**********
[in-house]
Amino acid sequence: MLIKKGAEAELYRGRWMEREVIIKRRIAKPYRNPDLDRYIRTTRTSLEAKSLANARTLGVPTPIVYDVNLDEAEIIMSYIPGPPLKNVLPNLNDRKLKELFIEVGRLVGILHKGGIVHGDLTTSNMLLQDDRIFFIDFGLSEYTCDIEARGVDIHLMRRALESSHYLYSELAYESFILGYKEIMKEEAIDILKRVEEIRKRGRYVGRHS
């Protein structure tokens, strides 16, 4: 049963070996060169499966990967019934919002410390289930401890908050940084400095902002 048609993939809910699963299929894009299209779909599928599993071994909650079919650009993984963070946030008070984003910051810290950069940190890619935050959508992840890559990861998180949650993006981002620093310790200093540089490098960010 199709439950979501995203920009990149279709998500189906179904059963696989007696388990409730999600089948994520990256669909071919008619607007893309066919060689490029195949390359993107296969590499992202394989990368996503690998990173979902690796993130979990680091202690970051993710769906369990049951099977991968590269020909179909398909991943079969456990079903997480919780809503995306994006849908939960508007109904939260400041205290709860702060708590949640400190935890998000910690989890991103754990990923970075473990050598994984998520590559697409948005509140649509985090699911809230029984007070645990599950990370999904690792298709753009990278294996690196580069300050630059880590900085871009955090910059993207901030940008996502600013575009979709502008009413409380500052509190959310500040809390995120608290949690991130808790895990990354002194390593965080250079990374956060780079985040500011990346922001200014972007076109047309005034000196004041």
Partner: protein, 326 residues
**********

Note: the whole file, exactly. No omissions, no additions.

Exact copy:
[in-house]
Amino acid sequence: MLIKKGAEAELYRGRWMEREVIIKRRIAKPYRNPDLDRYIRTTRTSLEAKSLANARTLGVPTPIVYDVNLDEAEIIMSYIPGPPLKNVLPNLNDRKLKELFIEVGRLVGILHKGGIVHGDLTTSNMLLQDDRIFFIDFGLSEYTCDIEARGVDIHLMRRALESSHYLYSELAYESFILGYKEIMKEEAIDILKRVEEIRKRGRYVGRHS
């Protein structure tokens, strides 16, 4: 049963070996060169499966990967019934919002410390289930401890908050940084400095902002 048609993939809910699963299929894009299209779909599928599993071994909650079919650009993984963070946030008070984003910051810290950069940190890619935050959508992840890559990861998180949650993006981002620093310790200093540089490098960010 199709439950979501995203920009990149279709998500189906179904059963696989007696388990409730999600089948994520990256669909071919008619607007893309066919060689490029195949390359993107296969590499992202394989990368996503690998990173979902690796993130979990680091202690970051993710769906369990049951099977991968590269020909179909398909991943079969456990079903997480919780809503995306994006849908939960508007109904939260400041205290709860702060708590949640400190935890998000910690989890991103754990990923970075473990050598994984998520590559697409948005509140649509985090699911809230029984007070645990599950990370999904690792298709753009990278294996690196580069300050630059880590900085871009955090910059993207901030940008996502600013575009979709502008009413409380500052509190959310500040809390995120608290949690991130808790895990990354002194390593965080250079990374956060780079985040500011990346922001200014972007076109047309005034000196004041």
Partner: protein, 326 residues